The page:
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Supporting your child’s transition to high school: the practical stuff

Tips for starting high school

Mother and daughter walk dog

Starting high school can be an exciting adventure and the start of a wonderful new stage in your child’s life. Going to high school gives young people the knowledge and skills they need to find a job or take on further training or study after finishing school. The people they meet at school can also help them develop social ties and support networks that will stay with them throughout their lives. By being positive about the change and helping them with the practical stuff, you are equipping them to get the best possible start to their life at high school. Here’s seven practical steps you can take to help them on their way.

1. Get to know their high school

Most schools hold orientation and transition programs for new students in the final term of primary school. These programs are a great way for you and your child to get to know their new school. See if you can get a map of the school and look over it with your child. Find the landmarks they will need to know about including the school office, assembly hall, classrooms, toilets and eating area. Let them know that it’s okay if they get lost and practise conversations they can use at school to seek help if they need it.

2. Practise getting to and from school

If your child will be taking public transport to school, talk them through how their bus or train route works and find copies of timetables for them to carry with them or download onto their device. Practise travelling to and from school together so they can become familiar with the route and landmarks along the way. If you plan to drive them to and from school, show them where the pick-up and drop-off zones are. And prepare them for unexpected events such as missing their bus or train and what they should do if this happens.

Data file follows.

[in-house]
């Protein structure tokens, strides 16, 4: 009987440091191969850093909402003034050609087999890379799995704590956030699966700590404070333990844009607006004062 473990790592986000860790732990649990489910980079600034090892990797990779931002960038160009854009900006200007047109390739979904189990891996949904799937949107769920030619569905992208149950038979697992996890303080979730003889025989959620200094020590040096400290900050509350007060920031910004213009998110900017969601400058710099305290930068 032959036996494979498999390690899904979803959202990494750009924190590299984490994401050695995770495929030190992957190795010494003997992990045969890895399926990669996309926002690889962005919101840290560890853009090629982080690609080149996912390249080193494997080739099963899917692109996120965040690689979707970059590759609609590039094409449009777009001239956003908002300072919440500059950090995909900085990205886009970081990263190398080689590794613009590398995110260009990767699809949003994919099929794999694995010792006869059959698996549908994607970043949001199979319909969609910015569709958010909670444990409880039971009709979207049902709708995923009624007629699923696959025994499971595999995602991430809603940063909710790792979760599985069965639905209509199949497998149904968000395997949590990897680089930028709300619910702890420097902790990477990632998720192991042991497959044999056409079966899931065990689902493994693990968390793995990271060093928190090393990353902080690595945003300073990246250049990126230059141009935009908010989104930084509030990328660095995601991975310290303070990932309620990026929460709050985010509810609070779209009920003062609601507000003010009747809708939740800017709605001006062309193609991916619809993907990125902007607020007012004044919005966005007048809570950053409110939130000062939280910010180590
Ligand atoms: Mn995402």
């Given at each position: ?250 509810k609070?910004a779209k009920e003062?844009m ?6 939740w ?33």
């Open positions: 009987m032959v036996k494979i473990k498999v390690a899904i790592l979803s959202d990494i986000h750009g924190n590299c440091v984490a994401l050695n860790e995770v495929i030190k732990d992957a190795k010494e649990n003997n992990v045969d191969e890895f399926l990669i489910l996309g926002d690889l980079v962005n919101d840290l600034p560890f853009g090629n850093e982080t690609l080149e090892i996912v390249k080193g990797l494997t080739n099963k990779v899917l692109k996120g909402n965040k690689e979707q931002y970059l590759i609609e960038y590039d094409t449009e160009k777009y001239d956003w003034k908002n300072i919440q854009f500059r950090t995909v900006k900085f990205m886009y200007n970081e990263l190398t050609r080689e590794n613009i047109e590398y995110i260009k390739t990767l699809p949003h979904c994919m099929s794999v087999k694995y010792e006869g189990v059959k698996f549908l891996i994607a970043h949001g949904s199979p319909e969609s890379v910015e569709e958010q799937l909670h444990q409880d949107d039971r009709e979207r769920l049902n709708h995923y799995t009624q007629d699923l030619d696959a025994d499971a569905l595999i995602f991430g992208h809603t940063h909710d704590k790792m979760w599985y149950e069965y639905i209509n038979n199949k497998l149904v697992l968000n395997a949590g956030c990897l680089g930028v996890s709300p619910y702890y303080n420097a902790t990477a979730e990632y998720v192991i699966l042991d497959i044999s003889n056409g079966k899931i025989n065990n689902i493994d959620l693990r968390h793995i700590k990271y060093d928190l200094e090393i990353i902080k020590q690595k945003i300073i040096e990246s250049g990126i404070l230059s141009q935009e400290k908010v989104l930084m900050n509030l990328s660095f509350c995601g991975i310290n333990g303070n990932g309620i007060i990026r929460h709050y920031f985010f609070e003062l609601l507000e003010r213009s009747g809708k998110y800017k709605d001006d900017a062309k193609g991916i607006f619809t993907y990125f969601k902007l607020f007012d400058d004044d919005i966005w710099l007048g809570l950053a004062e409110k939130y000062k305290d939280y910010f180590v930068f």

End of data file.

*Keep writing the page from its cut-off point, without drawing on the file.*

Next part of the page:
3. Organise the stuff they need

Your child’s secondary school will let you know what books, stationery and equipment your child will need when they start high school so you can purchase it in advance. Organise your child’s school bag and school uniform and encourage them to wear their new school shoes around the house so they can ‘wear them in’ before school starts and remember to label all their belongings.

4. Understand the school routine

In secondary school, children have to get to classes in different classrooms with different teachers at different times. Your child’s school will give them a timetable so they know where they have to be and when. Talk through your child’s timetable with them and make copies for them to keep at home and at school. Also find out what time school starts and finishes and when scheduled breaks occur so your child knows what to expect.

5. Create a quiet study space

Your child will need somewhere quiet and comfortable and away from distractions where they can study. They are likely to have more homework in high school than they did in primary school and will have to manage a heavier and more complicated study load, so having a quiet space to study will help them adjust to their new study and homework responsibilities.

6. Connect with the school

Schools communicate with parents in a range of ways and one of the most used is social media. To stay in touch, consider joining your school and the Department of Education on social media so you can keep up to date. You might also find some useful parent forums to help you connect with other parents at the school.

7. Discuss safety issues

Talk to your child about what you want them to do in different situations so they can remain safe. Talk through with them what they should do if they miss their bus or train or get lost on their way to school and who will pick them up if you are not able to collect them from school. Discuss crossing major roads and how to respond if a stranger approaches them.

Download this tip sheet

Tips to help your child be ready for high school

Last Updated: 30 September 2020